Baptism of fire for Sintratec SLS 3D parts
The Laboratory of Sustainability Robotics of the Swiss Empa institute develops a special drone for firefighting operations. Lightweight, stable and temperature resistant parts manufactured with SLS 3D printing is the key to success.
Materials for a sustainable future
As an interdisciplinary research institute, Empa sets standards in the field of sustainable and resilient solutions. Its mission is to turn away from a throw-away society and towards a circular economy – to ensure a greener future for our planet. The Laboratory of Sustainability Robotics, a department of Empa, focuses in part on the development of flying robot platforms.
Fire operations with drone technology
«Every day, firefighters risk their lives going into unknown environment», says David Häusermann. The research engineer and his team spent around six months developing, constructing, and testing a fire drone. The drone is intended as reconnaissance equipment from a safe distance, literally providing a picture of the danger zone – by means of an infrared sensor as well as a conventional RGB camera. In this way, risks can be minimized and efficiency increased during firefighting operations.
Laser sintered on the Sintratec S2 system: components for the fire drone – for example the mounting frames of the polyamide aerogel shell.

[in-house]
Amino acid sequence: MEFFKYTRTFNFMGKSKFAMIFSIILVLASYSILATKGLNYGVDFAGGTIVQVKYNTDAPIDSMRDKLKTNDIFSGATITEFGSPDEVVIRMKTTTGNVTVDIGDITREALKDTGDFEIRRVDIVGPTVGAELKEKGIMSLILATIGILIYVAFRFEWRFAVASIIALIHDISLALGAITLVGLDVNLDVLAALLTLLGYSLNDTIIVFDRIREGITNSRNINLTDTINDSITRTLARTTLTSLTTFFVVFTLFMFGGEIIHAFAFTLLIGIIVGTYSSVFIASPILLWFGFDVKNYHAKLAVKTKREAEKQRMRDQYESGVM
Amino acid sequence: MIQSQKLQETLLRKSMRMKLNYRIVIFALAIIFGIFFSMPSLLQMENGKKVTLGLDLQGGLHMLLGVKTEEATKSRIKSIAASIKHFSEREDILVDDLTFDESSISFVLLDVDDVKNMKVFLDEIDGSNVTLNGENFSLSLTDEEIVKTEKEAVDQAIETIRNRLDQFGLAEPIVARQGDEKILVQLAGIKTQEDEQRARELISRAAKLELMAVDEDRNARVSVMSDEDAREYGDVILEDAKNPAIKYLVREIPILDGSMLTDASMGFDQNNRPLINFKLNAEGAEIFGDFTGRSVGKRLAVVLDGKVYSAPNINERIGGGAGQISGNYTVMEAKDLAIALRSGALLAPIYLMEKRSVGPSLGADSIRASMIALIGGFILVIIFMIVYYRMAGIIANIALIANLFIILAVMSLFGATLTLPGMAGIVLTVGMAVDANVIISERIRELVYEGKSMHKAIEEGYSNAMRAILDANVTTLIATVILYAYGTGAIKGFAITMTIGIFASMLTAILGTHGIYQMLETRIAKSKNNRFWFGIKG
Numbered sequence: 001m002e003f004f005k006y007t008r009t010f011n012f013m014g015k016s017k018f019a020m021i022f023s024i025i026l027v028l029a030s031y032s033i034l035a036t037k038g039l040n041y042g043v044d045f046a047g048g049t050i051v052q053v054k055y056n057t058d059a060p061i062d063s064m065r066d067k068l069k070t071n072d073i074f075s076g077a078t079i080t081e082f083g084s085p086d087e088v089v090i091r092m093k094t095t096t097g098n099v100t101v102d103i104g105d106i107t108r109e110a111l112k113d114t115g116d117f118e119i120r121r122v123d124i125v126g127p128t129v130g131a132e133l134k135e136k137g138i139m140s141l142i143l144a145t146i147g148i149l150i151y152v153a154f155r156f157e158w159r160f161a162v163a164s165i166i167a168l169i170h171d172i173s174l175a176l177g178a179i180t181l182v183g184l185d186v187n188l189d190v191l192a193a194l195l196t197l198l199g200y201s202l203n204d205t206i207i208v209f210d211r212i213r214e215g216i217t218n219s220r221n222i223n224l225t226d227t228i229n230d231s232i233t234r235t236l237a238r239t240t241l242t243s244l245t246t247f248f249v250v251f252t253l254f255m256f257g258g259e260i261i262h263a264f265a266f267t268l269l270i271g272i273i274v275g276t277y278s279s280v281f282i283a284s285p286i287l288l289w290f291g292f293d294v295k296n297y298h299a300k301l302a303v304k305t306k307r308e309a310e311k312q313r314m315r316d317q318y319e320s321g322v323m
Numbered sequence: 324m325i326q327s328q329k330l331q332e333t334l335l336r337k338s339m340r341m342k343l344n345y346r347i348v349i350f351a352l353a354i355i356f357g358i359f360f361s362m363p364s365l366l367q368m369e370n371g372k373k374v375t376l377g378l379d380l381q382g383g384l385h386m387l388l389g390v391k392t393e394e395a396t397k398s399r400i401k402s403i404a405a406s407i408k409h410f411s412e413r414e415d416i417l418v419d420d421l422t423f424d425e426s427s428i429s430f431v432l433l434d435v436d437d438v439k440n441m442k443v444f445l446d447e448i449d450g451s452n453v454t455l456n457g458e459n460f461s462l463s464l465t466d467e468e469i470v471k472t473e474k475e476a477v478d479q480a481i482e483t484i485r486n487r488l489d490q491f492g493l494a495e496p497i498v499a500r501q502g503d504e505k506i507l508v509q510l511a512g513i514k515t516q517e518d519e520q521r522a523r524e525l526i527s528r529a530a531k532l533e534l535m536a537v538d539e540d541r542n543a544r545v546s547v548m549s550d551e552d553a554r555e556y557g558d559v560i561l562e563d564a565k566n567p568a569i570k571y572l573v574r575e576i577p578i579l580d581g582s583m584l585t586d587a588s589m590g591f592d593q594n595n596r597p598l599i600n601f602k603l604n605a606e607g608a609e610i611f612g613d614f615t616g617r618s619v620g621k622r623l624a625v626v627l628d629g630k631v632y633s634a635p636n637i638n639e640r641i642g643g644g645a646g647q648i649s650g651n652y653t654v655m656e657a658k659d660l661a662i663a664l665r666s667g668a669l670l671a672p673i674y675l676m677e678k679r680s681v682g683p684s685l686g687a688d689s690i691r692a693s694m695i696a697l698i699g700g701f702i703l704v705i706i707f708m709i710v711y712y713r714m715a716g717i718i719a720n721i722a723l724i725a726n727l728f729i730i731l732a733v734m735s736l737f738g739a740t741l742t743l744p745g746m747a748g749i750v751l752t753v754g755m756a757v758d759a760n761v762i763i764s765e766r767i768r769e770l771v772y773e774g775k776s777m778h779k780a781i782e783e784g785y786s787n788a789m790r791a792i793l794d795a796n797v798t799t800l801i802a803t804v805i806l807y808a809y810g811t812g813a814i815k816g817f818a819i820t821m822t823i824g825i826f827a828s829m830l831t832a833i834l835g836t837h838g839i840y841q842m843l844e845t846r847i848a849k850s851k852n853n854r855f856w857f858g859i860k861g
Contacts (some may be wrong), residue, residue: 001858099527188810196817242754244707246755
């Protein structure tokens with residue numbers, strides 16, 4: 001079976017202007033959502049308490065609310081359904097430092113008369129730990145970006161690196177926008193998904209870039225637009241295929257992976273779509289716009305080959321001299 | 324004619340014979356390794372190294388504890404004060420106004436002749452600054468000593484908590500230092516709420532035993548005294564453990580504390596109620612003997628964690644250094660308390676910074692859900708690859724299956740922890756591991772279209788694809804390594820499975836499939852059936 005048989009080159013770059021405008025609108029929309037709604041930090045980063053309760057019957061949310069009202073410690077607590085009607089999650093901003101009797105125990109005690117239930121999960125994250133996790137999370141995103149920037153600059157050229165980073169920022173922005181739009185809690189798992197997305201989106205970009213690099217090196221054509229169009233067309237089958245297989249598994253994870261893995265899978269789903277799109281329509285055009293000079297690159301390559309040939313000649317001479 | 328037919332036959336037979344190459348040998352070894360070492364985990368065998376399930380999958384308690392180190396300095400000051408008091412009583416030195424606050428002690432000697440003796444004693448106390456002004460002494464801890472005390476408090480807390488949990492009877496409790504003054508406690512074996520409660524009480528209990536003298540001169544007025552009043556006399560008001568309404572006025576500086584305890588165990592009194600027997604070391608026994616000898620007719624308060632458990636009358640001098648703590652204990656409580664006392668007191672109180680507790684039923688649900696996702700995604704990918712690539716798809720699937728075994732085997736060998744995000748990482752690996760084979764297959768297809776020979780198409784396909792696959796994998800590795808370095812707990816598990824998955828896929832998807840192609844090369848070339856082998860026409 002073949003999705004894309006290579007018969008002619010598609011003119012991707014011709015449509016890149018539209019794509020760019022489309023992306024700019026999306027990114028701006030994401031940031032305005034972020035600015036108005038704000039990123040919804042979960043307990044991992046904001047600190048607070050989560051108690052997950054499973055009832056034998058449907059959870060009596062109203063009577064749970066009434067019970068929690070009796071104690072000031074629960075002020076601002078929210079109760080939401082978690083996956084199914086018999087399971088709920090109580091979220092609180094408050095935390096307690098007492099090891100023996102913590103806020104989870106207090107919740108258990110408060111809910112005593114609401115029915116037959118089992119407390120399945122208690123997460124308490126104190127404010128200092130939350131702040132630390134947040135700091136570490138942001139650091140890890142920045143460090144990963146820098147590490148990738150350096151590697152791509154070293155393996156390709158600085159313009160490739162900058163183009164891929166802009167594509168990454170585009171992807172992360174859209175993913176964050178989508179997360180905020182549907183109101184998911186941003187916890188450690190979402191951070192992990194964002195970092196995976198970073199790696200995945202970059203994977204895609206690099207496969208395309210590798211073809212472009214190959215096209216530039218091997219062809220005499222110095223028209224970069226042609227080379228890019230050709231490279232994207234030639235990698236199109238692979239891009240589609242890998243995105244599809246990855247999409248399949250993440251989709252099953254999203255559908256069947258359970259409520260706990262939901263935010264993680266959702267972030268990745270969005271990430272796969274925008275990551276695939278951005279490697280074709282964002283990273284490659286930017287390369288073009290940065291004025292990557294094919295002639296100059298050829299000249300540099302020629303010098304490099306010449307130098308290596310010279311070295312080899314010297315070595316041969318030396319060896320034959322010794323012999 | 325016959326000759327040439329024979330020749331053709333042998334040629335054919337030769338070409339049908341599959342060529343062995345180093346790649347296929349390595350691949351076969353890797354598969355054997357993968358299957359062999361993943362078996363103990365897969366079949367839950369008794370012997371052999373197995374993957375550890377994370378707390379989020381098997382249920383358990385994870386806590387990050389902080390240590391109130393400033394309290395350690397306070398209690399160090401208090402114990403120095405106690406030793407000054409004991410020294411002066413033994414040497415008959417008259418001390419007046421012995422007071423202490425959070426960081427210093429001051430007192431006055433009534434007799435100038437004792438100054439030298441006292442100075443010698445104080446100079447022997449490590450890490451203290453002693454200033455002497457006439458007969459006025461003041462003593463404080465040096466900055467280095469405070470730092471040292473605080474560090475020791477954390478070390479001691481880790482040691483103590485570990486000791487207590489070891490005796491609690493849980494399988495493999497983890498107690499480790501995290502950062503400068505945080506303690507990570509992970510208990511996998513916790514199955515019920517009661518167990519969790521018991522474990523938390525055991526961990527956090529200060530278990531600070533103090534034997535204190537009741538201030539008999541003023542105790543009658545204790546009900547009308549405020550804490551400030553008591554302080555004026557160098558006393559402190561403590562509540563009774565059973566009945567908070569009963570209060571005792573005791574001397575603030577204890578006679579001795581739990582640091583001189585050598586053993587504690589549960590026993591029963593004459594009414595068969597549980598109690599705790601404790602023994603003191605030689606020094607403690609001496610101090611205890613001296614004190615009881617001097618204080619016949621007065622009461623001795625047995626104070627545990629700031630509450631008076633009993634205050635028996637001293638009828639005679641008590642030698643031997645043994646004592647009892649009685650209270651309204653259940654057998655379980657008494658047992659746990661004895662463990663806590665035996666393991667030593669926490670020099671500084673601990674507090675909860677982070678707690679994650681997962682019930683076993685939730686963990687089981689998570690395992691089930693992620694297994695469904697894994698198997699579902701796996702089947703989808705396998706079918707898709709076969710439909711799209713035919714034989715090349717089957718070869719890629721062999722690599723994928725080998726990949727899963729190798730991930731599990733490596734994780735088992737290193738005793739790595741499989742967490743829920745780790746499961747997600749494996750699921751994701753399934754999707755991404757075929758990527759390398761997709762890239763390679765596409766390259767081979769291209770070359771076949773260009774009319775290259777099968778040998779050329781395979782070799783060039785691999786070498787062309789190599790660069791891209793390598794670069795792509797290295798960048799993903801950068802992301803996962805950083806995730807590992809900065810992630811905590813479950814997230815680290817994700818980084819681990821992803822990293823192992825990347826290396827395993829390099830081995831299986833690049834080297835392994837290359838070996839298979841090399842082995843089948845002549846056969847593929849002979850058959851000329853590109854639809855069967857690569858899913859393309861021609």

Tolerating extreme temperatures
Usually, drones are not designed to function in extreme temperatures. The used materials tend to melt or even burn. «For the prototype of the fire drone we had to search for materials that could withstand high temperatures up to 200°C», David emphasizes. Thus, in cooperation with materials scientists at Empa, a polyimide aerogel heat shield was developed to effectively protect the drone’s internal electronics.
Too hot for FDM 3D printing
Additive manufacturing technologies such as FDM (fused deposition modeling) were used during the development phase as they offer great design freedom. Later in the project, the FDM components had to be replaced by laser-sintered PA12 elements due to their improved accuracy, material quality and temperature resistance. Compared to the FDM technology, SLS offers another benefit of eliminating the need for support structures during printing.
SLS parts prove themselves
The 3D printed parts sponsored by Sintratec were used for the mounting frames of the aerogel shell, fixing points for electronic components, clamps for the rotor arms, and the gearbox housings. «The parts Sintratec provided to us fulfilled all of our project requirements and performed as expected when tested in real-life conditions,» explains David enthusiastically. For the engineer it is clear: «the SLS technology and its excellent material properties are perfect for drone construction – high quality, robust and heat resistant parts.»
“The SLS technology and its excellent material properties are perfect for drone construction – high quality, robust and heat resistant parts.”
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